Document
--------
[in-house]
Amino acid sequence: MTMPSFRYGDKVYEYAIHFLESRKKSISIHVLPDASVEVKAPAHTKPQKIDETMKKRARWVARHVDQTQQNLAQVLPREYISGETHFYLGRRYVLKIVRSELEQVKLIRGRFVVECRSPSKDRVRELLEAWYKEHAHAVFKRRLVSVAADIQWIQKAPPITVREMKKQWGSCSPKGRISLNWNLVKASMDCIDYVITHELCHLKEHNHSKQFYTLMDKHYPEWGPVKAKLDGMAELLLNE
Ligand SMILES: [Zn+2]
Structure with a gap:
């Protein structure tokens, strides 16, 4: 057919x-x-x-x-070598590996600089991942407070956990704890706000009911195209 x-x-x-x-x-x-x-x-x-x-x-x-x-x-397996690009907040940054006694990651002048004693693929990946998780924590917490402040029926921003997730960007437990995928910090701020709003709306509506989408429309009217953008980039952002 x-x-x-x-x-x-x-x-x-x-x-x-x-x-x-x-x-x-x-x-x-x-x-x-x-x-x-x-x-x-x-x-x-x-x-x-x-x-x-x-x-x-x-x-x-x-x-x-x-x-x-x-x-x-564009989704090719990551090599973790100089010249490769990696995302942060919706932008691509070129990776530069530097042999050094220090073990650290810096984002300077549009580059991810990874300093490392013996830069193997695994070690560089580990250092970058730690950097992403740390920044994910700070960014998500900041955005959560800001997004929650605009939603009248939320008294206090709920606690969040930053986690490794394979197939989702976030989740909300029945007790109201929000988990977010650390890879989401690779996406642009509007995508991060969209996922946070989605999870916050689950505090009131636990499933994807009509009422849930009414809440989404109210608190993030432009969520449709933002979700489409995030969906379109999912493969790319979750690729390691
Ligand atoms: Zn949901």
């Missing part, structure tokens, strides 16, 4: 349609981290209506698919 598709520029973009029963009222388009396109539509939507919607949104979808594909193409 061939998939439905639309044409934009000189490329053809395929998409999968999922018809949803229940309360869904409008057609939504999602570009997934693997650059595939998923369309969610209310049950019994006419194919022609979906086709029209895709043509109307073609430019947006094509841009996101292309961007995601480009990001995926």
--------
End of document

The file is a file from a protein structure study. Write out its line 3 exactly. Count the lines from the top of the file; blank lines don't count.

Ligand SMILES: [Zn+2]